[Show abstract][Hide abstract] ABSTRACT: New American Heart Association Guidelines 2010 emphasize the need for high-quality CPR, which can be seen in initiating chest compressions sooner (before 2 ventilations) and with slightly modified compression depth and rate. Fundamental change in CPR sequence is abandoning A-B-C steps for C-A-B (all age groups excluding newly born) to minimise the delay in initiating chest compressions. Dispatchers should help bystanders recognize cardiac arrests and provide instructions on Hands-Only CPR. New guidelines add fifth link to the Adult Chain of Survival - "post-cardiac arrest care" and underline team approach to the resuscitation. Advanced Cardiovascular Life Support guidelines also emphasize good-quality CPR and recommend capnography for monitoring CPR quality. Atropine is no longer recommended for routine use in the treatment of pulseless electrical activity and asystole. For symptomatic bradycardia pacing is still recommended but chronotropic drug infusions should be considered an alternative. Both morphine and oxygen should be used with caution in acute coronary syndromes as they might affect the outcome. Post-cardiac arrest care after ROSC should include multidisciplinary management and often includes hypothermia.
[Show abstract][Hide abstract] ABSTRACT: Out-of-hospital cardiac arrest (OHCA) is an unusual but devastating occurrence in a young person. Years of life-lost are substantial and long-term health care costs of survivors can be high. However, there have been noteworthy improvements in cardiopulmonary resuscitation (CPR) standards, out-of hospital care, and postcardiac arrest therapies that have resulted in a several-fold improvement in resuscitation outcomes. Recent interest and research in resuscitation of children has the promise of generating improvements in the outcomes of these patients. Integrated and coordinated care in the out-of-hospital and hospital settings are required. This article will review the epidemiology of OHCA, the 2010 CPR guidelines, and developments in public access defibrillation for children.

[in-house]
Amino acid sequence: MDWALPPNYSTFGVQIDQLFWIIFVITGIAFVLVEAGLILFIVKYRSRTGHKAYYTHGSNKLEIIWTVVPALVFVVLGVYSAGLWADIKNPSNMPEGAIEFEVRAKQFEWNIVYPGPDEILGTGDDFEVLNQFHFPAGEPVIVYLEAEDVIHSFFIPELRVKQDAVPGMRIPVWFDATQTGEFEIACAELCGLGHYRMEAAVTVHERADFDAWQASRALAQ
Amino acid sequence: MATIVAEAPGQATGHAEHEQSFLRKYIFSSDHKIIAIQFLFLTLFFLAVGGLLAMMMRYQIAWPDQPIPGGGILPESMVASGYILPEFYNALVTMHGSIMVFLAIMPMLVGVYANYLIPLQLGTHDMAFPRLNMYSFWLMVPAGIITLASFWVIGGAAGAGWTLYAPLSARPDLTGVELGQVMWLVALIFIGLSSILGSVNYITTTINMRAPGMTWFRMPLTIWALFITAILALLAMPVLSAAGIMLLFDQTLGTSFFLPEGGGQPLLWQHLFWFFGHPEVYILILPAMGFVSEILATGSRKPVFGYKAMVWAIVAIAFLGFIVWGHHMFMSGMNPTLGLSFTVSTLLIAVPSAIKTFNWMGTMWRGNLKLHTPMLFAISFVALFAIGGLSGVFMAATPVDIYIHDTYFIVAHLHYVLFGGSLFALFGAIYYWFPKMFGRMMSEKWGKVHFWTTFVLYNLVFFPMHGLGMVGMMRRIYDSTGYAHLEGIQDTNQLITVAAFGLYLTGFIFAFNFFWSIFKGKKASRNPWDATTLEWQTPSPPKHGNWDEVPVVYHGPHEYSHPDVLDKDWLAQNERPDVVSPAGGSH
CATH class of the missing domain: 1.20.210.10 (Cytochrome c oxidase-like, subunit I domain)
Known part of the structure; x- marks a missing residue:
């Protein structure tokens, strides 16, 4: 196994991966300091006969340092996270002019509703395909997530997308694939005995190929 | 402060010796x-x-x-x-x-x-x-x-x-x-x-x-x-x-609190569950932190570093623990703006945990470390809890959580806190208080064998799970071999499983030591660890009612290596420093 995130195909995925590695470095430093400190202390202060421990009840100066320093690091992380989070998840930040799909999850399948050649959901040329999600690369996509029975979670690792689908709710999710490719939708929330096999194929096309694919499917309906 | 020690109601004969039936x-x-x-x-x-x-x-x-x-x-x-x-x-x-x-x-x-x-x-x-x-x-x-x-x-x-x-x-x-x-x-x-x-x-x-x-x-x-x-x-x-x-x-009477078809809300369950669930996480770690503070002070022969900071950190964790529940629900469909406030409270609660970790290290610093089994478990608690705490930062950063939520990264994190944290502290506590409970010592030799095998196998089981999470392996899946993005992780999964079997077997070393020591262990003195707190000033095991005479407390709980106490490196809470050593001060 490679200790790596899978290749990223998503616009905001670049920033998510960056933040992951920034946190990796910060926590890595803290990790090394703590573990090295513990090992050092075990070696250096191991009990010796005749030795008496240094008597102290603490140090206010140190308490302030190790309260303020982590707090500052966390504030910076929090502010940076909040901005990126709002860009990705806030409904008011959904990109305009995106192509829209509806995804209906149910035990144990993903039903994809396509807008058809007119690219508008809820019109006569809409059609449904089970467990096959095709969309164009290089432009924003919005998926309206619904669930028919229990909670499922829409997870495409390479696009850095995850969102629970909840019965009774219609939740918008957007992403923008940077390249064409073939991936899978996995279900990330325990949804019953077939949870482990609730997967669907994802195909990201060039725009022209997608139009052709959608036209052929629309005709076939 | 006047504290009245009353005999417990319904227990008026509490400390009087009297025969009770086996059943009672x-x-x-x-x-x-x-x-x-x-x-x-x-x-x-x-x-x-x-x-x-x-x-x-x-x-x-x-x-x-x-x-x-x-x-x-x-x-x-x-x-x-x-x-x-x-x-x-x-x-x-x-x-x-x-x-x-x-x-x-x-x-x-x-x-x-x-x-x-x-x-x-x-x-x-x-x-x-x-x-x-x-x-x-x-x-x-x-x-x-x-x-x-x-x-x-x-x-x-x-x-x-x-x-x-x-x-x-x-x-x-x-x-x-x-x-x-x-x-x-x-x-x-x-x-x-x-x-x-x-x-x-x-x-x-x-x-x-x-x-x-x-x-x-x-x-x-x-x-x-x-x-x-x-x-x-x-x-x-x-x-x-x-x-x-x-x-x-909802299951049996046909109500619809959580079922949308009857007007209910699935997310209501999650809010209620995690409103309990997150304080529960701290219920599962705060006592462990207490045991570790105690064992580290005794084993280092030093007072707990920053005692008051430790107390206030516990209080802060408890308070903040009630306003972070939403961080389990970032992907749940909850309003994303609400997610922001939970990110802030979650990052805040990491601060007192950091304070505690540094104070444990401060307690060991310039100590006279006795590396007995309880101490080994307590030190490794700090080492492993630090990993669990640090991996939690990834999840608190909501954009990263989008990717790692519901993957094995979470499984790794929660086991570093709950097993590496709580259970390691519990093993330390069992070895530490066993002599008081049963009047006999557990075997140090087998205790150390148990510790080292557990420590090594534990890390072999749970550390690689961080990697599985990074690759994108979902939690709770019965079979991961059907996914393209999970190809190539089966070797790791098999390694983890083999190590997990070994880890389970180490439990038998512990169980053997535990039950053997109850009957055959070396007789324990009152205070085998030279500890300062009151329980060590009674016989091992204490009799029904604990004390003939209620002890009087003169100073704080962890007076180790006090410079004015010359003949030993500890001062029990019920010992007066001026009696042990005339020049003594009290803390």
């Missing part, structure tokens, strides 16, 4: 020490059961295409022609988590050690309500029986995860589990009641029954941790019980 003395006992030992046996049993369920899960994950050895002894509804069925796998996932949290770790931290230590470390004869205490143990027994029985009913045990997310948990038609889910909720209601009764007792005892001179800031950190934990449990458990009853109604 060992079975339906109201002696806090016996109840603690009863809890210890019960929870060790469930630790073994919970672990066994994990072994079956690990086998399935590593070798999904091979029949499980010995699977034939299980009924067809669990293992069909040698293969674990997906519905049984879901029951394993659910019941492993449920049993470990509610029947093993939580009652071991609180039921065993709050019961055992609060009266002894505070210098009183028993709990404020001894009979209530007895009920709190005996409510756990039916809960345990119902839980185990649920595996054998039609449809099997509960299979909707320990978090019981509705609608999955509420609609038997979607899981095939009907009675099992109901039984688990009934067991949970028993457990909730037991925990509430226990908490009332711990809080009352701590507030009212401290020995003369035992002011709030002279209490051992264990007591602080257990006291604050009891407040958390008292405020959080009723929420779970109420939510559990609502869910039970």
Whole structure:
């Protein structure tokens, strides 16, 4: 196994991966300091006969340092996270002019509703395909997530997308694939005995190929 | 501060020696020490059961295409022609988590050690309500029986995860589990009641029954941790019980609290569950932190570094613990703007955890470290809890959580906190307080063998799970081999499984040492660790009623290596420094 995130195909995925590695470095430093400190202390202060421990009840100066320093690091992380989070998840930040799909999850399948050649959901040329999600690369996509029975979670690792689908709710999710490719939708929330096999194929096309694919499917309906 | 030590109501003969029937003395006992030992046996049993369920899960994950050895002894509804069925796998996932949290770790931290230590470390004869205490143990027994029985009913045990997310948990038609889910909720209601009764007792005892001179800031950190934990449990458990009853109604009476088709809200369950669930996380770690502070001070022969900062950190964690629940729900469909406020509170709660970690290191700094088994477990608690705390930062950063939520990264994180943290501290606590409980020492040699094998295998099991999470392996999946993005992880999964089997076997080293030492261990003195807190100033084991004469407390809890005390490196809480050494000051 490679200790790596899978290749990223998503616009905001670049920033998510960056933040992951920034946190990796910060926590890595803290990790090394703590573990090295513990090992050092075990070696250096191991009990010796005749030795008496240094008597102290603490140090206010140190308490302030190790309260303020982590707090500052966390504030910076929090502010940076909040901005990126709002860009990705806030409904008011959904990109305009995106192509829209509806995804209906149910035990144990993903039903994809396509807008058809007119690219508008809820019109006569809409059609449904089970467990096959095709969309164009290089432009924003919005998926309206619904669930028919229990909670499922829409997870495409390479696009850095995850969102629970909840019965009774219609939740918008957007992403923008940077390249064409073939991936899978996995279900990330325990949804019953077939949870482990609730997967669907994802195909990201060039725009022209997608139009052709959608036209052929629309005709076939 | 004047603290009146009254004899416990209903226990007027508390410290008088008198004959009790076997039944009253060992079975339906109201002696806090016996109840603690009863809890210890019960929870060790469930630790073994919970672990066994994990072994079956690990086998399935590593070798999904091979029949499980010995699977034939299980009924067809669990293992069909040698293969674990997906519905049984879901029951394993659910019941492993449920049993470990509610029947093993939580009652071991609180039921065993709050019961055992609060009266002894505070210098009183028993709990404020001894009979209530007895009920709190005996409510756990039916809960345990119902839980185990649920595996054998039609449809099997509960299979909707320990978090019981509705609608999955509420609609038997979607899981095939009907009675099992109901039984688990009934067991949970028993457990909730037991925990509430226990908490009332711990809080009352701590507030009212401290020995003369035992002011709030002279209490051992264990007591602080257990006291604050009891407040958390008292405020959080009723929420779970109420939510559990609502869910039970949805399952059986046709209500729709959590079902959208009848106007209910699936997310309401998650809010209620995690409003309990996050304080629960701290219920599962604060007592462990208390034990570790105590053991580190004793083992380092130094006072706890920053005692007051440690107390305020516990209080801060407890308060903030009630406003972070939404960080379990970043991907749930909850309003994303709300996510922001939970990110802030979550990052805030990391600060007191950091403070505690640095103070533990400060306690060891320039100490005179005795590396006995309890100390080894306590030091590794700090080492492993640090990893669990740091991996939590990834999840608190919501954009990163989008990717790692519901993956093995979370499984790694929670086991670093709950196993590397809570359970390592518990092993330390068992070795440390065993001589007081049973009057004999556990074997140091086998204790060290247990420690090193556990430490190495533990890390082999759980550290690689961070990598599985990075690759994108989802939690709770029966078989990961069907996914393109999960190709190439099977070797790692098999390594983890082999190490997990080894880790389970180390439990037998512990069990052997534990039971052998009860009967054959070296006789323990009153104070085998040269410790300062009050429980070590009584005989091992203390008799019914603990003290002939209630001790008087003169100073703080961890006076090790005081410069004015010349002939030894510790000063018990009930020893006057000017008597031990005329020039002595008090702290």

[Show abstract][Hide abstract] ABSTRACT: We compared the pharmacokinetics of intraosseous (IO) drug delivery via tibia or sternum, with central venous (CV) drug delivery during cardiopulmonary resuscitation (CPR).
CPR of anesthetized KCl arrest swine was initiated 8 min post arrest. Evans blue and indocyanine green, each were simultaneously injected as a bolus with adrenaline through IO sternal and tibial needles, respectively, n=7. In second group (n=6) simultaneous IO sternal and IV central venous (CV) injections were made.
Peak arterial blood concentrations were achieved faster for sternal IO vs. tibial IO administration (53±11 s vs. 107±27 s, p=0.03). Tibial IO dose delivered was 65% of sternal administration (p=0.003). Time to peak blood concentration was similar for sternal IO and CV administration (97±17 s vs. 70±12 s, respectively; p=0.17) with total dose delivered of sternal being 86% of the dose delivered via CV (p=0.22).
IO drug administrations via either the sternum or tibia were effective during CPR in anesthetized swine. However, IO drug administration via the sternum was significantly faster and delivered a larger dose.
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